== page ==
Cell survival largely depends on the faithful maintenance of genetic material since genomic DNA is constantly exposed to genotoxicants from both endogenous and exogenous sources. The evolutionarily conserved base excision repair (BER) pathway is critical for maintaining genome integrity by eliminating highly abundant and potentially mutagenic oxidized DNA base lesions. BER is a multistep process, which is initiated with recognition and excision of the DNA base lesion by a DNA glycosylase, followed by DNA end processing, gap filling and finally sealing of the nick. Besides genome maintenance by global BER, DNA glycosylases have been found to play additional roles, including preferential repair of oxidized lesions from transcribed genes, modulation of the immune response, participation in active DNA demethylation and maintenance of the mitochondrial genome. Central to these functions is the DNA glycosylase NEIL2. Its loss results in increased accumulation of oxidized base lesions in the transcribed genome, triggers an immune response and causes early neurodevelopmental defects, thus emphasizing the multitasking capabilities of this repair protein. Here we review the specialized functions of NEIL2 and discuss the consequences of its absence both in vitro and in vivo.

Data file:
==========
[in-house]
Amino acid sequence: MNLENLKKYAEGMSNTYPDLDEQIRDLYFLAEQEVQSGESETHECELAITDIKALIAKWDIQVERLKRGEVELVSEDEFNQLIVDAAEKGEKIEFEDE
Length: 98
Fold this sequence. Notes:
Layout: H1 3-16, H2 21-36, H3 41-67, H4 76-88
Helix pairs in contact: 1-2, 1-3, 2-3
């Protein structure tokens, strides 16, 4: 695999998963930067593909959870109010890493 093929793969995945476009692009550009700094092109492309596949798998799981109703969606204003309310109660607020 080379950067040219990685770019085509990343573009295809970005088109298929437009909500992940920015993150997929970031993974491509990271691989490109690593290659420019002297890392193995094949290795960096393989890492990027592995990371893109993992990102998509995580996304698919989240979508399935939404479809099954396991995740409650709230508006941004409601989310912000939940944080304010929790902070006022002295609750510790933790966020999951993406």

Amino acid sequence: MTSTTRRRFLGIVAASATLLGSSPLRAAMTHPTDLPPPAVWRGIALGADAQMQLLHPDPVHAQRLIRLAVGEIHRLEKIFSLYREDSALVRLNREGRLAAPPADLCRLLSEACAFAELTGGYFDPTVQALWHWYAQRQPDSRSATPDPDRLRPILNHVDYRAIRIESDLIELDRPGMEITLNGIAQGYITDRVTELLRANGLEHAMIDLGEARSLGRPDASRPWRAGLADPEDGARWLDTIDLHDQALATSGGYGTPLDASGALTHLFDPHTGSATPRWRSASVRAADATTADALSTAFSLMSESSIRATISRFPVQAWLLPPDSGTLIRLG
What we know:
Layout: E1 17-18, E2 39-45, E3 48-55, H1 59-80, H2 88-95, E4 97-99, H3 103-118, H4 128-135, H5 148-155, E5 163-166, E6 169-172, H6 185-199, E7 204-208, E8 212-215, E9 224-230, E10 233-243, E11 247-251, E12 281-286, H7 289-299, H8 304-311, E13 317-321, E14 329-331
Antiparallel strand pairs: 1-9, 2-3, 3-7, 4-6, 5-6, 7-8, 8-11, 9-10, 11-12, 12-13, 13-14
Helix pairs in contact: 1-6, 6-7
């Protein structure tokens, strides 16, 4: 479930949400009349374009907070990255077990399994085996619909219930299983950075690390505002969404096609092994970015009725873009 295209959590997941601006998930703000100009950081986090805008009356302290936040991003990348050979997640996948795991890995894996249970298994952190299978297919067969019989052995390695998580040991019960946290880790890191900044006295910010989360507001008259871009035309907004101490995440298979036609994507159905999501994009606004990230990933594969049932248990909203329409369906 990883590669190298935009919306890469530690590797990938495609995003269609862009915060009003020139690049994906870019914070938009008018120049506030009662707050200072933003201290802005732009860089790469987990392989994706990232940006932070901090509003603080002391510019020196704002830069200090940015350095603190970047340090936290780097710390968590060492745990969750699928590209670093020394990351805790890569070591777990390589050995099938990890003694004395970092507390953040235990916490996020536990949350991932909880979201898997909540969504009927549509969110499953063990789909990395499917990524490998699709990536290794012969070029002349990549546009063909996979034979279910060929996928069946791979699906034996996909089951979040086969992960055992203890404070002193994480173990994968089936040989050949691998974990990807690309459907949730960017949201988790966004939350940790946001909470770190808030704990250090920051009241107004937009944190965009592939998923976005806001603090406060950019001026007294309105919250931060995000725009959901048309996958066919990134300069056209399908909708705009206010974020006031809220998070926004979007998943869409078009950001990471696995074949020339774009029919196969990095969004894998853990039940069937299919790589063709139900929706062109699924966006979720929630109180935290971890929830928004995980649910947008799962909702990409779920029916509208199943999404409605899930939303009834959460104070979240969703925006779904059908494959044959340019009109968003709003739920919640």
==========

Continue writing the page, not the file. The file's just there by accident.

|Original language||English (US)|
|Number of pages||9|
|Journal||Progress in Biophysics and Molecular Biology|
|State||Published - Sep 2021|
- DNA glycosylase NEIL2
ASJC Scopus subject areas
- Molecular Biology